MCPS Superintendent Will Craft Recommendations for Strengthening School Safety

Resolution written after Florida school shooting asks Smith to present report by April 12


In response to the Florida school shooting, county public schools Superintendent Jack Smith will prepare recommendations for improving districtwide safety and security.

The Board of Education gave Smith the directive in a resolution this week, asking him to present his report no later than April 12. The resolution written by student board member Matt Post also touched on the importance of offering secure learning environments and applauded students for speaking up in past weeks on issues of gun violence.

Post during Monday’s meeting read messages he’d received in the past couple weeks from students who described feeling on edge when they walk into school since the Feb. 14 shooting that left 17 dead. He also explained how the attack at Marjory Stoneman Douglas High School in Parkland, Florida, had shaken him personally.

“We as students are not demanding a lot here. We’re asking not to be shot,” said Post, a senior at Sherwood High School. “It’s difficult to go into a school and pay attention for eight hours a day when in the back of your mind, you’re thinking about how someone could come in with an assault rifle and kill everyone in your class.”

Last week’s walkouts by more than 1,000 students in Montgomery County public schools might not have been safe, he continued, but “kids don’t feel safe in class, either.”

Post’s resolution encouraged community members to participate in the March 24 rally in D.C. organized by survivors of the Florida school shooting.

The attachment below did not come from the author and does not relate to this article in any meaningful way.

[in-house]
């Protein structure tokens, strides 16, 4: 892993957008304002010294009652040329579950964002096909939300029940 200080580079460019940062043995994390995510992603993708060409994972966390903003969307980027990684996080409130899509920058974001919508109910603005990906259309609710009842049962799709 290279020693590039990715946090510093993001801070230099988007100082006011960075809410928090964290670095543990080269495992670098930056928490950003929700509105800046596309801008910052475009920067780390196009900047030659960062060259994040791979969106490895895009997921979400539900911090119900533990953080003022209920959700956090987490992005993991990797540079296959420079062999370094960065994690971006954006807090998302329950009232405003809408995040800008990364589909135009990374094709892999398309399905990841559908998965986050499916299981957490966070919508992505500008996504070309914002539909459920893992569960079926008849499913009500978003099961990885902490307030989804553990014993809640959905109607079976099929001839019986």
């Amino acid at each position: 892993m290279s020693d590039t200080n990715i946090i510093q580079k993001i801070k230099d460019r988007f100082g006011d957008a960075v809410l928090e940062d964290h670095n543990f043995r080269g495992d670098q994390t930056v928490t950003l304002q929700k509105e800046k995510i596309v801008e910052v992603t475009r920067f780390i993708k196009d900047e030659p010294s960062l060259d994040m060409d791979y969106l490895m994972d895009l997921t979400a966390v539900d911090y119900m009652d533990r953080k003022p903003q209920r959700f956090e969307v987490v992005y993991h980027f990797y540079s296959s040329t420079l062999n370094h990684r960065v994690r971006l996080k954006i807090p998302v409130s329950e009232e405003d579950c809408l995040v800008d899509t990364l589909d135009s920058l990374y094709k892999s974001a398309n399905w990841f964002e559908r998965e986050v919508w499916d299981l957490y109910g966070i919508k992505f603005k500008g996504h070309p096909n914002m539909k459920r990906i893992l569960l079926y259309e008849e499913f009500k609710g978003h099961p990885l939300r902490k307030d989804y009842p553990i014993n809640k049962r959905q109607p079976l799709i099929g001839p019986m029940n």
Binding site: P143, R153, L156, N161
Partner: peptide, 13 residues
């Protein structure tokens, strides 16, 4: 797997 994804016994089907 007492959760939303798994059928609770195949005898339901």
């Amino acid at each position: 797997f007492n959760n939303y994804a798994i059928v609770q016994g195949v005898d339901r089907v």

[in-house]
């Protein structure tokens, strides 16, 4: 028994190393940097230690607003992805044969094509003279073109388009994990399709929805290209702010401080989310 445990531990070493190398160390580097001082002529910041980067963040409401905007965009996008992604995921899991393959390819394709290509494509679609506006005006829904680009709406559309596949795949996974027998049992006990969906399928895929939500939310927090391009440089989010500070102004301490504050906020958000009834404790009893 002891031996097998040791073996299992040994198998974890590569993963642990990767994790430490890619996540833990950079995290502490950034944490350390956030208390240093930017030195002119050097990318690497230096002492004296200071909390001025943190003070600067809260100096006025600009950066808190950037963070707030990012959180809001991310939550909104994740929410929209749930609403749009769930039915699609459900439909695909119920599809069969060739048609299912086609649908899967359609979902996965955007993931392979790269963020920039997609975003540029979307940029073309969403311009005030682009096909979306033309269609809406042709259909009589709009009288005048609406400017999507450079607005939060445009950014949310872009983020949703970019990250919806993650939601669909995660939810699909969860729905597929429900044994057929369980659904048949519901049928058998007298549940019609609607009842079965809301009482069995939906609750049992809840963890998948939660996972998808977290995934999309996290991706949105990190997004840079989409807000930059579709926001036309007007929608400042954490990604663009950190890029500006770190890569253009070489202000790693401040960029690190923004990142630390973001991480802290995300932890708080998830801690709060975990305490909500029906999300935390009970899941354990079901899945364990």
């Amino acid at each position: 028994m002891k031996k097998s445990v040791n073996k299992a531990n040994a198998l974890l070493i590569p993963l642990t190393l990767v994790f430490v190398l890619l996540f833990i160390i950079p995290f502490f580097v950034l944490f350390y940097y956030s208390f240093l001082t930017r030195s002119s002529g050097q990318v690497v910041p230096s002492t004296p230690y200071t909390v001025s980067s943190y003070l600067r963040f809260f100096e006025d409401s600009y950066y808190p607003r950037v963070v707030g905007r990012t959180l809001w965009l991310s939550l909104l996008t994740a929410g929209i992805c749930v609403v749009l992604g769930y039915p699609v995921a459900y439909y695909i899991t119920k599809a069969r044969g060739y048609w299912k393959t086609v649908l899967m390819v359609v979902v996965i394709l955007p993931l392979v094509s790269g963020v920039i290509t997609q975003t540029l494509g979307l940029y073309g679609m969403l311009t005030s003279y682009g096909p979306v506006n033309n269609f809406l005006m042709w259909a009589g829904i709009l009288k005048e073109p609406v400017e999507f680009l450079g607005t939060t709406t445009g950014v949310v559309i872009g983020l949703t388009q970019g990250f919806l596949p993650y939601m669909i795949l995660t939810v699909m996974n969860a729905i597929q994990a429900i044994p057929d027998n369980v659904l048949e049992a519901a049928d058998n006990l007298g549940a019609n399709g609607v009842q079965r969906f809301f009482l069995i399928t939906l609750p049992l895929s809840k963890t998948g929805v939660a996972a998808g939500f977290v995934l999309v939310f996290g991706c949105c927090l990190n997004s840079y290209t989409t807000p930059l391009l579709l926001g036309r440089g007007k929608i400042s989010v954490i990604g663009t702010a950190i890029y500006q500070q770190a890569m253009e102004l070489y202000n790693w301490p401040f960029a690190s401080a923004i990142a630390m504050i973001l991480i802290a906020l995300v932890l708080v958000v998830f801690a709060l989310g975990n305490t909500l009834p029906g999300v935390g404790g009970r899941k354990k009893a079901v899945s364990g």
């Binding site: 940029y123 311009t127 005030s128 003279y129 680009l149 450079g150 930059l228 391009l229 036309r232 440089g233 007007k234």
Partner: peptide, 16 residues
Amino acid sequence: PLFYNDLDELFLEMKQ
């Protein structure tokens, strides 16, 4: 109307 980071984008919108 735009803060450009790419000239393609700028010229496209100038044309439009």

Board member Pat O’Neill recalled that in 1999, shortly after she was elected, she attended a town hall at Walt Whitman High School in Bethesda that was planned in the aftermath of the Columbine shooting. The nation was shocked again in 2012, she said, when a gunman killed 20 elementary school children in Newtown, Connecticut.

“And here we are sitting today, having this same conversation,” she said.

The resolution calls on MCPS leaders to review safety and security preparedness before making recommendations to the board. Post said he’s sure the examination will cover some of the same ground as the audit conducted last year in the wake of a rape investigation at Rockville High School. However, he said the focus will be on drills, emergency protocols and the security of entryways.

For instance, schools in the county should have locked front doors during the day, so visitors must buzz in to enter, he said.

“However, I can speak from personal experience, not all high schools lock their front doors like they’re supposed to,” Post said.

He said he doesn’t the unlocked doors could be one area for discussion. During a Feb. 22 student forum on school security, other teens talked about discouraging students from opening side doors to strangers or students during the day, he said. Some students at the forum, held in Rockville at the MCPS administrative headquarters, raised the idea of installing metal detectors.

“The problem is if we view this issue as entirely the burden of the school system, we are going to get to a place where schools are just prisons,” he said.

Instead, federal lawmakers must take action to reduce violence, Post said.

Gillian Huebner, who chairs a subcommittee on school climate and safety for the Montgomery County Council of Parent-Teacher Associations, said parents have differing opinions about the security measures that are appropriate at schools. But many are looking to students to identify solutions.

“They don’t necessarily want fortresses in their schools,” she said.

Parents have been sharing concerns about consistency in information sharing across the school system and about the safety of children in portables, she said. MCPS officials have been willing to listen and response, according to Huebner.

She said the MCCPTA has already met with MCPS leaders on school safety and is trying to organize another gathering.

Bethany Rodgers can be reached at

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